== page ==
TPC Toronto at Osprey Valley and the Humeniuk Foundation went above and beyond in their support of efforts to combat COVID-19. On March 30, they donated $100,000 to Caledon Community Services and followed that with the announcement of a commitment to match contributions up to $50,000 to the Headwaters Health Care Foundation in the period April 13 through May 1. On April 30, the club donated $50,000 to William Osler Health System Foundation and $25,000 to the Children’s Foundation of Guelph and Wellington.

Listowel Golf Club has even more to be proud of than being the home of PGA TOUR winner Corey Conners. Like many other clubs, they have not only served take-out meals for a while but recently started offering pre-packaged meat and produce parcels for pickup. The response has been “phenomenal,” says Director of Operations Brenden Parsons. After overcoming the “logistical nightmare” of creating order forms and ensuring safe handling protocols, anyone—not just club members—is welcome to order a grocery package for curbside pickup. As Parsons says, these initiatives not only provide an option for people who want to avoid going to the grocery store but keeps his staff employed.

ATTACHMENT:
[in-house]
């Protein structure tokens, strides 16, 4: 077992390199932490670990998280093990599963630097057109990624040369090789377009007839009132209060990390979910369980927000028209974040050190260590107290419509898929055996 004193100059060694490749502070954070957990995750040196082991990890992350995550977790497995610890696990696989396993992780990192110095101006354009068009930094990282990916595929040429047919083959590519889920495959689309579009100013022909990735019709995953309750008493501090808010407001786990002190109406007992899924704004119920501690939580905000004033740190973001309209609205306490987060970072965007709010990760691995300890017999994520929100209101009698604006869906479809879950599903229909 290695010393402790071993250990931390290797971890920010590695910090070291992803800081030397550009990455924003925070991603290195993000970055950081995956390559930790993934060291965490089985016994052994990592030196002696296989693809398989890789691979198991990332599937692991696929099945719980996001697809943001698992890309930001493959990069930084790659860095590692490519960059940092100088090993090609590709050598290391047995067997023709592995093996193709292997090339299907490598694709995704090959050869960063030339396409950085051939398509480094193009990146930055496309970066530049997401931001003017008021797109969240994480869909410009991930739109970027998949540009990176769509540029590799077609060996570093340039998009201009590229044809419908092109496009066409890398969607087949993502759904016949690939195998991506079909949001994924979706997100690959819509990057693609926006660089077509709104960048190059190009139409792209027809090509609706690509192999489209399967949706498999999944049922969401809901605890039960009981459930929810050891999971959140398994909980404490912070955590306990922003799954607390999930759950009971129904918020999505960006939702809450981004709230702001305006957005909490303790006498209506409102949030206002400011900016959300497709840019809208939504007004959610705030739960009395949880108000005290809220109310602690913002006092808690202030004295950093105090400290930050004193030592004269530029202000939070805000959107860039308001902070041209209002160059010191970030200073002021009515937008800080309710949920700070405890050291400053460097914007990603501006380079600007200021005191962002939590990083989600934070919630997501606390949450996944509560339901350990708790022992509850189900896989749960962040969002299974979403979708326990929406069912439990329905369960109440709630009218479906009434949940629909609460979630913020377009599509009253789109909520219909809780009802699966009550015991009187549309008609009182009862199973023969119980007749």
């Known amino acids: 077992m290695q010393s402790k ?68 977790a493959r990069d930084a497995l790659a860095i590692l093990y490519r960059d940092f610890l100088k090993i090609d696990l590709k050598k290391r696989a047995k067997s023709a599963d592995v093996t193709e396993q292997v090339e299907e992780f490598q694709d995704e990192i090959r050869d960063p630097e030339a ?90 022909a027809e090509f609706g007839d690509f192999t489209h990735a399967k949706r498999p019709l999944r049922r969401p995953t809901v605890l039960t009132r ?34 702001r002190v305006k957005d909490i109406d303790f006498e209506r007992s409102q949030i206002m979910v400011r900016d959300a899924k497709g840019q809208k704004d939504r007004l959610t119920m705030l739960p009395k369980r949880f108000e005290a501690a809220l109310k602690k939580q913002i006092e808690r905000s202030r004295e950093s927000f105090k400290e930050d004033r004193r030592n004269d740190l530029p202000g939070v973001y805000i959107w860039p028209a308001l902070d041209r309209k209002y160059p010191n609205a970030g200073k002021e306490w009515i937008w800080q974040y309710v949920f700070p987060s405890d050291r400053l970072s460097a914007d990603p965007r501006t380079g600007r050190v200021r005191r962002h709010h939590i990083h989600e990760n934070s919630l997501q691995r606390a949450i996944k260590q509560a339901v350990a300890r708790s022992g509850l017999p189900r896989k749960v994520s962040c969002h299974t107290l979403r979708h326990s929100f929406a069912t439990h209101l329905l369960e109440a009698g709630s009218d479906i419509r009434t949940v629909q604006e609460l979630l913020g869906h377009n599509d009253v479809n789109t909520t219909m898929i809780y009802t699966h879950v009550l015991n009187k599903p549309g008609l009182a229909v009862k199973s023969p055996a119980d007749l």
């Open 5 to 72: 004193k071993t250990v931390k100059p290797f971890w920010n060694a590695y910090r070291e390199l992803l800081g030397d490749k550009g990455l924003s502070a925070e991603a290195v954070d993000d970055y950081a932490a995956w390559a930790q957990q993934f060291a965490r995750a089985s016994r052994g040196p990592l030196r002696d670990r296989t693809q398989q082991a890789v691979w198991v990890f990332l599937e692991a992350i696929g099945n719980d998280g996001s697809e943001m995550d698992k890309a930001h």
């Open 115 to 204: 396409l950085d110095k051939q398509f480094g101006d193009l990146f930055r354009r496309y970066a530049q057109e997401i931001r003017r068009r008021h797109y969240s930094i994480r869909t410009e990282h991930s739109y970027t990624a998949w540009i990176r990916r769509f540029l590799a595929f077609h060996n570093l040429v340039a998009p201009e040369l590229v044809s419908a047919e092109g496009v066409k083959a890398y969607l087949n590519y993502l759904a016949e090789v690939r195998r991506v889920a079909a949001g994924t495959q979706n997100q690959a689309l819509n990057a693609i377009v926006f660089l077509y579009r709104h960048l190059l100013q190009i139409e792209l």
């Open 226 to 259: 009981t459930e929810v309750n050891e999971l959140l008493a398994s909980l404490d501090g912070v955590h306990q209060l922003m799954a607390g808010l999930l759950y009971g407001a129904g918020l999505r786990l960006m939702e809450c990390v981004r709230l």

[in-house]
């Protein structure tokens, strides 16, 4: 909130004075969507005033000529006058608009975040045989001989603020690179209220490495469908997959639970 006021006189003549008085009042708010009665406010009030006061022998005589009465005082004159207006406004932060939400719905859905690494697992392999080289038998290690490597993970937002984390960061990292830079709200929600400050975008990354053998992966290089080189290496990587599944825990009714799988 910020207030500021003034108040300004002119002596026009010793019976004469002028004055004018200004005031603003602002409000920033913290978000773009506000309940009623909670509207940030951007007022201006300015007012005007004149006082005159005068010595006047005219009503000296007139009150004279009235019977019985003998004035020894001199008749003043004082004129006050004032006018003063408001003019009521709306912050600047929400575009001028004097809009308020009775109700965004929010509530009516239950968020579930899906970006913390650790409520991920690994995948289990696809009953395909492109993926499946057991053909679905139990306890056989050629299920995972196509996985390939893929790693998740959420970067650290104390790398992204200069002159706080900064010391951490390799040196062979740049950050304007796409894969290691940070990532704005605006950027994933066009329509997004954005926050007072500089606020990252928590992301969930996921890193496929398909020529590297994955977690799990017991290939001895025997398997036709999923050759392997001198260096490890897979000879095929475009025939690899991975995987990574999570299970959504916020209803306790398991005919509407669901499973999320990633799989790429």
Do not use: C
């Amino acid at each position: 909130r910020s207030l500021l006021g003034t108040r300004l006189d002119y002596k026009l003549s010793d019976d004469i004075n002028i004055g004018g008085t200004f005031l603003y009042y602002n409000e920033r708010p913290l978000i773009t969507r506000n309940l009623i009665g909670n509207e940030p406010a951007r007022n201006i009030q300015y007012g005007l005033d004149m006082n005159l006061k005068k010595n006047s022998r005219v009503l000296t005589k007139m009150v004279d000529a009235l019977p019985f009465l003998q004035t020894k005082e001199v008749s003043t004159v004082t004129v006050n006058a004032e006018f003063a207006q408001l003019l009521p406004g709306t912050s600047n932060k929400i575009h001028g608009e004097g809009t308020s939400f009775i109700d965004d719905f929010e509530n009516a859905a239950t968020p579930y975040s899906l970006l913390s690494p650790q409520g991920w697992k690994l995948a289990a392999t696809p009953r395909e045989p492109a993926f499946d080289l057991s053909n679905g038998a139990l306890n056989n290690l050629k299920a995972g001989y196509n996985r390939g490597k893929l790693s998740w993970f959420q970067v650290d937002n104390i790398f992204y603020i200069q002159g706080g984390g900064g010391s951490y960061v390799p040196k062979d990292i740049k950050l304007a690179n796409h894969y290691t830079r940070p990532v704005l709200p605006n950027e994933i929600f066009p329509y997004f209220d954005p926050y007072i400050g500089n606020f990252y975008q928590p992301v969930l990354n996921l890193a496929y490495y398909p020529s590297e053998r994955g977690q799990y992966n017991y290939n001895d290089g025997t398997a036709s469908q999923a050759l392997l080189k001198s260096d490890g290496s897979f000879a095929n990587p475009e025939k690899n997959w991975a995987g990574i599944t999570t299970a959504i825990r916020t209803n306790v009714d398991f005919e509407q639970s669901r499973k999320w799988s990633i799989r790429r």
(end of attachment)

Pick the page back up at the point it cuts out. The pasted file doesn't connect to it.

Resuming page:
In Atlantic Canada, Golf Canada Regional Director Jeff Hutt sees the industry bonding to ensure everyone comes through this pandemic more unified. Working shoulder to shoulder, as it were—figuratively, of course!

“There has been yeoman’s work done by all the associations to ensure we are aligned in our response and in our approach to reopening safely,” he says.

“That’s the key: safely.” At a recent meeting of the Atlantic Allied Golf Associations, it was emphasized that the industry must take responsibility for ensuring proper safeguards, much as the grocery industry has done.

The current situation across Western Canada is varied, as some courses in B.C. never closed while those in other provinces are gradually reopening. Golf Canada Regional Director Blair Armitage understands the frustration not only from province to province, but stemming from the different type of golf facility, from municipal to public to private.